Stacy Richey admits she hasn't been a "political animal," but a couple of bills in the U.S. House and Senate have changed that.
Richey, nurse coordinator for the Surgical Lung Cancer Program at the University of Kentucky's Markey Cancer Center, wants all of us to write letters to Sens. Mitch McConnell and Jim Bunning, and to our representatives urging them to get behind the Lung Cancer Mortality Reduction Act of 2009.
Among all cancers, Richey said, lung cancer is the biggest killer. "I don't think we can ignore it anymore," she said.
The Lung Cancer Mortality Reduction Act of 2009 would establish a comprehensive program to make combatting lung cancer a national public priority. The ultimate goal would be coordinating more than a dozen agencies in an effort to decrease lung cancer deaths by 25 percent.
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If passed, it would provide more money for research, the development of diagnostic tools and innovative treatment. It also would promote better management of the disease that would focus on populations with high rates of lung cancer and death from the disease.
In other words, some of that research would target us in Kentucky, who rate first in the nation with it comes to lung cancer.
That's why Richey wanted me stir the pot a little and help get HR2112 and S332 moving.
Of all the sponsors for the two bills — and there are many from both parties — none is from Kentucky.
There is something very wrong with that.
I called the offices of McConnell, Bunning and Rep. Ben Chandler, D-Versailles. McConnell and Chandler staff members said they will review bills when they leave committee. Bunning's staff didn't get back to me.
At least we know they are aware of the bill.
Our representatives should put this one on the front burner.
Mind you, lung cancer is the leading cause of cancer deaths in all ethnic groups throughout the nation, according to the Lung Cancer Alliance. More people die of lung cancer than from breast, prostate, colorectal and pancreatic cancers combined.
But the percentage of lung cancer cases in Kentucky is about 52 percent higher than any other state.
Richey e-mailed me about the pending legislation because she has been my nurse at Markey for five years, through two incidents of lung cancer.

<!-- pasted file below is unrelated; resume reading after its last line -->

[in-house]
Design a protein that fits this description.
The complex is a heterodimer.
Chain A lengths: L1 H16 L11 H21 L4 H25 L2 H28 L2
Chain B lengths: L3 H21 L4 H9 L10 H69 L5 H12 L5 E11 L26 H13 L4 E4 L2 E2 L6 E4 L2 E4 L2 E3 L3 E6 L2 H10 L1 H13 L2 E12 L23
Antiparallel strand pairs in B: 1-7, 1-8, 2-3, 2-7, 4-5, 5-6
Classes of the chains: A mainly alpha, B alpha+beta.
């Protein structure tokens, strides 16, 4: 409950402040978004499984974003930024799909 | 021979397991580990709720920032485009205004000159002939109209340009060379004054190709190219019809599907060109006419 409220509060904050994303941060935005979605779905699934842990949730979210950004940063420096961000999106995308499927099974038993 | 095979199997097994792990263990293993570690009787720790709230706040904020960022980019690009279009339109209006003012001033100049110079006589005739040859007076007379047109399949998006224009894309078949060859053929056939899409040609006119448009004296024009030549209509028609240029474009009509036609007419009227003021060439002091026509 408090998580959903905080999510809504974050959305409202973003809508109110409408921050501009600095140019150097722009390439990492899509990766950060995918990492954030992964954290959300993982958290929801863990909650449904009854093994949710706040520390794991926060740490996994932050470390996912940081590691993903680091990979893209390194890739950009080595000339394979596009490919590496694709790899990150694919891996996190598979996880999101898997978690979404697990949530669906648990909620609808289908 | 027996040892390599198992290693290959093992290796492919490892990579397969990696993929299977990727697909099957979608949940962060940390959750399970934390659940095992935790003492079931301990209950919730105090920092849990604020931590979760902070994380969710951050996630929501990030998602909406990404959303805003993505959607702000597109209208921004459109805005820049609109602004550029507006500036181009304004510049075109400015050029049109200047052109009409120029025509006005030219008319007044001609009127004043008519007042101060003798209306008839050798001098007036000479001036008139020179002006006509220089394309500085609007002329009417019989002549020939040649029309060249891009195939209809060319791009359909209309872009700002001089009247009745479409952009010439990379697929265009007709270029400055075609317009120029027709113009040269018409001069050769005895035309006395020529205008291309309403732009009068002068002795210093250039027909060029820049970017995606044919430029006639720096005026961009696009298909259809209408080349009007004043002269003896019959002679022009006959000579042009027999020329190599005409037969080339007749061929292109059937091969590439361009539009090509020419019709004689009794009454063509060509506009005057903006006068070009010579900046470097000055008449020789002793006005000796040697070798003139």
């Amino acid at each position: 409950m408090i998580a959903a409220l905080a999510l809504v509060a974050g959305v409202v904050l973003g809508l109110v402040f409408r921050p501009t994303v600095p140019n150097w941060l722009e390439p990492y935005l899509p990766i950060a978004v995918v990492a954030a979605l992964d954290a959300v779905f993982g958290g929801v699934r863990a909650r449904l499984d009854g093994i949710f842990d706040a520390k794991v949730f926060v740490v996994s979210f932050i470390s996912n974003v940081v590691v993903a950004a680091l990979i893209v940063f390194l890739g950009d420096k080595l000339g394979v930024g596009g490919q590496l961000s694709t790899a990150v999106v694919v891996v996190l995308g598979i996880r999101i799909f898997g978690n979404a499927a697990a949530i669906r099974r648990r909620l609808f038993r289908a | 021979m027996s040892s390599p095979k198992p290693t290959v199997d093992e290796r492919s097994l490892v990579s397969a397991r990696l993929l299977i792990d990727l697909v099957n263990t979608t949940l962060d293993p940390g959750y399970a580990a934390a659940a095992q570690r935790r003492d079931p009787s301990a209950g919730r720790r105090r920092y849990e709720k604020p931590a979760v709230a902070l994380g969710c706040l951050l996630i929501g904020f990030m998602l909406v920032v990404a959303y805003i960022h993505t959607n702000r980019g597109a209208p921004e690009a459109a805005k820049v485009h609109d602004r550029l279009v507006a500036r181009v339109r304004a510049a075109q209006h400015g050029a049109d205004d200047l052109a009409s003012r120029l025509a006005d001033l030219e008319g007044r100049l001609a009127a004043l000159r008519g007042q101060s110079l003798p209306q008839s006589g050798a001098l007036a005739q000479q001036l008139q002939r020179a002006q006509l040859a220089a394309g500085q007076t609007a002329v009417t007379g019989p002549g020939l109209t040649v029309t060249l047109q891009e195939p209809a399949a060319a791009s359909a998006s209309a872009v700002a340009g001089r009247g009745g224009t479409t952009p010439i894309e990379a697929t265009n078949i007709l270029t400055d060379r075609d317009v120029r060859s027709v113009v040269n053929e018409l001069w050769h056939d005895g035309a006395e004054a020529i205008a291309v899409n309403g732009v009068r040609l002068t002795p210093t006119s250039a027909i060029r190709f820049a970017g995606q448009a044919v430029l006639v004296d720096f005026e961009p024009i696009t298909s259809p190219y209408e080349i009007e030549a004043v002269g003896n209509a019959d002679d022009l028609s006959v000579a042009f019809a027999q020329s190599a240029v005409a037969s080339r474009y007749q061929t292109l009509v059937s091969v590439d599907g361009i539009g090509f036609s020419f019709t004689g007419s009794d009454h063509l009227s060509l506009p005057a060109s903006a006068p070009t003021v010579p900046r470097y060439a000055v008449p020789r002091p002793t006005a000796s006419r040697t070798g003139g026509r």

In that position at Markey, she has seen how that disease can ravage a family. And, frankly, she's tired of it.
She said the survival rate for lung cancer hasn't moved much since the National Cancer Act of 1971. But, according to Cancer Alliance, other cancer survival rates have improved. The five-year rate of survival for breast cancer is now at 88 percent. Prostate survival has reached 99 percent and colon cancer is at 64 percent.
Lung cancer survival is still only about 16 percent.
Because smoking is a major cause of lung cancer, some people blame the victims.
"That really bugs me," Richey said. "These people are good people. How many of us are perfect? No one deserves lung cancer."
Besides, there are other causes as well, including radon, asbestos, the environment, aging and heredity.
Although research for a good screening test is ongoing at Markey, there is not a definitive one for lung cancer yet.
"If it is caught early, the prognosis is a lot different in Stage One than Stage Three or Four," she said. "It is about 60 percent."
"It was because of the surveillance you were getting that your second one was caught early," Richey told me.
Believe me, I'm quite thankful. It's been three years since my last cancer sighting.
So Richey asked me to ask you to light a fire under your elected officials. A simple way to do that is by visiting the Lung Cancer Alliance Web site at www.lungcanceralliance.org. Then click on "take action," "advocacy", and finally "contact Congress."
You can fill in the blanks and add your own story and the note will be sent from the Web site.
Or you can always write letters directly to your senators and representative or give them a call.
Tell them that you don't want this state to be No. 1 in lung cancer deaths and that you want them to do something about that.